Friday, August 10, 2007

Wikipedia and Web 2.0 Legitimization

Those interested can read the report but I’ll jump to the punch line that in America, 36 percent of Internet users regularly use Wikipedia and contrary to the naysayers, those consulting the online encyclopedia consist of highly educated adults and current university students. Wikipedia dominates online information research, receiving almost six times the traffic of the next closest site, Yahoo! Answers. In fact, Wikipedia is one of the most visited sites on the Internet, period, and the experienced Web 2.0 user can guess why: Google. Over half of the Wikipedia hits result from a Google search. Almost all searches on a particular topic return a Wiki post on the first page.

China’s growth of online activity is the highest in the world and will surpass the United States in two to three years. They try to censor Internet content, which I consider a losing battle. Special sites provide links allowing a browser to safely visit "banned" Web pages undetected. While the Chinese may have volume of users, the presence of their language in the blogosphere pales in comparison (at 8 percent) to the two languages now neck and neck, Japanese at 37 percent and English at 36 percent.

Web 2.0 presence must be earned. I am honored that some find this place worth reading. The blogosphere contains over 70 million blogs with over 120,000 created each day. Many are whimsical endeavors that quickly peter out or contain self-centered ramblings that generate no audience. Web 2.0 features the paradox of structure and chaos. The blogosphere has no rules, except of course, for all of the rules it has.

The legitimization of Web 2.0 proceeds and blogs continue to penetrate mainstream media consumption. Omnivores, connectors, and the Web 2.0 savvy quickly toss nonsense and locate worthwhile content. From Q3 2006 to Q4 2006, blog inclusion among the top 100 sites grew from 12 to 22. I highly encourage the reader to visit David Sifry's post on the April 2007 report on the blogosphere. Like all of Web 2.0, Wikipedia earns its traffic. For an embarrassing counterexample consider the boneheads behind Conservapedia. Imagine the stupidity and sheer ignorance of anyone who thinks omnivores and connectors will consult content "screened for safety" by conservative goons filtering material on evolution, global warming, abortion, homosexuality, science, religion, and so on. Do you know anyone that would spend time reading content massaged by Pat Robertson?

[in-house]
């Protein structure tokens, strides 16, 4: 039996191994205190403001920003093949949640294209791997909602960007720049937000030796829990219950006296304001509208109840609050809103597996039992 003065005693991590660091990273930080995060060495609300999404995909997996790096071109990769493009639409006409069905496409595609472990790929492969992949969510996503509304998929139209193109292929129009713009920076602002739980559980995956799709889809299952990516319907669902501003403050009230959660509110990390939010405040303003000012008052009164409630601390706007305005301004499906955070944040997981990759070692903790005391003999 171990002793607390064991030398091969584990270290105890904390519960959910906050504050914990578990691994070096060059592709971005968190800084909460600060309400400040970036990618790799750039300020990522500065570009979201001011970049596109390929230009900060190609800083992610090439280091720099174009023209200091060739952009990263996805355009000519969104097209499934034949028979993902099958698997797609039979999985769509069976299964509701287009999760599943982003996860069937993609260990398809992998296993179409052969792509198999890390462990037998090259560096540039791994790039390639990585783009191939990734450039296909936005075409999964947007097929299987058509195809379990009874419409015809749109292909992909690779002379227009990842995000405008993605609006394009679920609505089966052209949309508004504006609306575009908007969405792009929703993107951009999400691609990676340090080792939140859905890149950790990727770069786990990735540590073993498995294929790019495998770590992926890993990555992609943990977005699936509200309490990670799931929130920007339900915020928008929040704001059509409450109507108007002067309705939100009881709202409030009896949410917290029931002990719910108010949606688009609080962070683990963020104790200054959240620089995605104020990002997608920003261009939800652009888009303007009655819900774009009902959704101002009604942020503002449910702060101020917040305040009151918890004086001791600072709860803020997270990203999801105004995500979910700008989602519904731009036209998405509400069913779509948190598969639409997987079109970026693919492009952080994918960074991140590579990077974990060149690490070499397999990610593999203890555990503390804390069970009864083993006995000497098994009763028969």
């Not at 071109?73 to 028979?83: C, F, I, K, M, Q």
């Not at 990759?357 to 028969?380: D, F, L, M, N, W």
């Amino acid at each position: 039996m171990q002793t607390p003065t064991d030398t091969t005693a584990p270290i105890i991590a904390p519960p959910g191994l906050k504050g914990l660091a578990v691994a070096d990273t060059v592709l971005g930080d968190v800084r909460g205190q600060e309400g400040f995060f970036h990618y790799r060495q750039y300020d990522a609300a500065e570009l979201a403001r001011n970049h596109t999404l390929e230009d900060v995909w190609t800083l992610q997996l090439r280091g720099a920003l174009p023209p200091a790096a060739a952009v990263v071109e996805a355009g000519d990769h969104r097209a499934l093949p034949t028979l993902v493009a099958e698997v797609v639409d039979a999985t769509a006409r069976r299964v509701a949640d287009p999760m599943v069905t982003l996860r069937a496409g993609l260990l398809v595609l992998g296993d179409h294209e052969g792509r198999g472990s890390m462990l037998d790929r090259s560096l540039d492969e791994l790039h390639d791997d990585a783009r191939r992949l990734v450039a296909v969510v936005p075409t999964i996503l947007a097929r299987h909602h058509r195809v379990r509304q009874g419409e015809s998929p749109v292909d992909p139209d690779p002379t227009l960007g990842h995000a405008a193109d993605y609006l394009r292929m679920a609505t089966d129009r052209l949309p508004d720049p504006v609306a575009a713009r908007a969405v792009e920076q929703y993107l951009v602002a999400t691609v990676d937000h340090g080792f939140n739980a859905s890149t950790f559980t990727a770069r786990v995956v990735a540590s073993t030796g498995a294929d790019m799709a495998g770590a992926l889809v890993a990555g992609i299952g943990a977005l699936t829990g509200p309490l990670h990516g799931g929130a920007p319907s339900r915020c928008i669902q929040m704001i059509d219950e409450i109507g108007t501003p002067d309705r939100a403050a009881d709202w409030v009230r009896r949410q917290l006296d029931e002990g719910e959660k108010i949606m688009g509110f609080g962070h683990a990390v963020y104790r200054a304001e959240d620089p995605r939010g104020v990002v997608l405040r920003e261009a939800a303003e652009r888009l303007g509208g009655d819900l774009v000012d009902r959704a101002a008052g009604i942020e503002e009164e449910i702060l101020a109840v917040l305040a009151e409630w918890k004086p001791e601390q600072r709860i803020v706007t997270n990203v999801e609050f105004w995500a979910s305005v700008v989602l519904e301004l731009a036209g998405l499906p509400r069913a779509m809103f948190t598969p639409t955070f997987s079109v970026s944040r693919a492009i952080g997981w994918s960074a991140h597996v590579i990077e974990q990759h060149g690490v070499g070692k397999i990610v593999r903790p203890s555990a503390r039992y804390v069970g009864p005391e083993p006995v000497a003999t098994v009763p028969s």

Implications expand profoundly and in all directions. For now, let’s consider politics. Anyone serious about running for any significant office must consider Web 2.0 influence on elections. I would speculate the highest Web priority is the result of a Google search on the candidate’s name. What shows up had better not be a porn site. What is the Wikipedia content for the candidate? Is it on the first page of a Google search? Then we have the candidate’s campaign site and (if incumbent) office site. As elections heat up, these sites will draw traffic. Bad sites cost votes. Arrogant content, inappropriate photographs (images have extraordinary power), or other gaffes can cost in real terms.

Comfortable incumbents may have the luxury of ignoring all of this. Others do not.

In assessing the impact of a blog, the first question is its readership. Does it get traffic? If so, who visits? Extreme sites have no impact at all, drawing already decided traffic. The sites worthy of attention must 1) get a lot of traffic and 2) draw those whose vote can be influenced. I speculate few such blogs exist. Yes, I advocate a blue wave in 2008. Do I think this will change one vote? NO.

Still, the astute pay attention to the blogs that discuss them, classifying the blog and its content by relevance. Campaign staff may not have to speak, but they definitely have to listen. If you don’t know what happens when your name is Googled, you are Web 2.0 blind. By virtue of holding office, a politician is online and should pay attention.


Anonymous the doctor said...

Sometimes I have wonder a little bit about you, x4mr.

Has anyone ever told you that you are, uh, a little bit strange?

I don't know where you found that image of the girl under the keyboard.

I don't think I want to know.

8/10/2007 1:19 PM  
Blogger x4mr said...

Yeah, note the timing of the story.

I really need to develop the discipline of not posting after 11 PM. I deleted that photo and toned down the rhetoric a little.

8/10/2007 7:53 PM  

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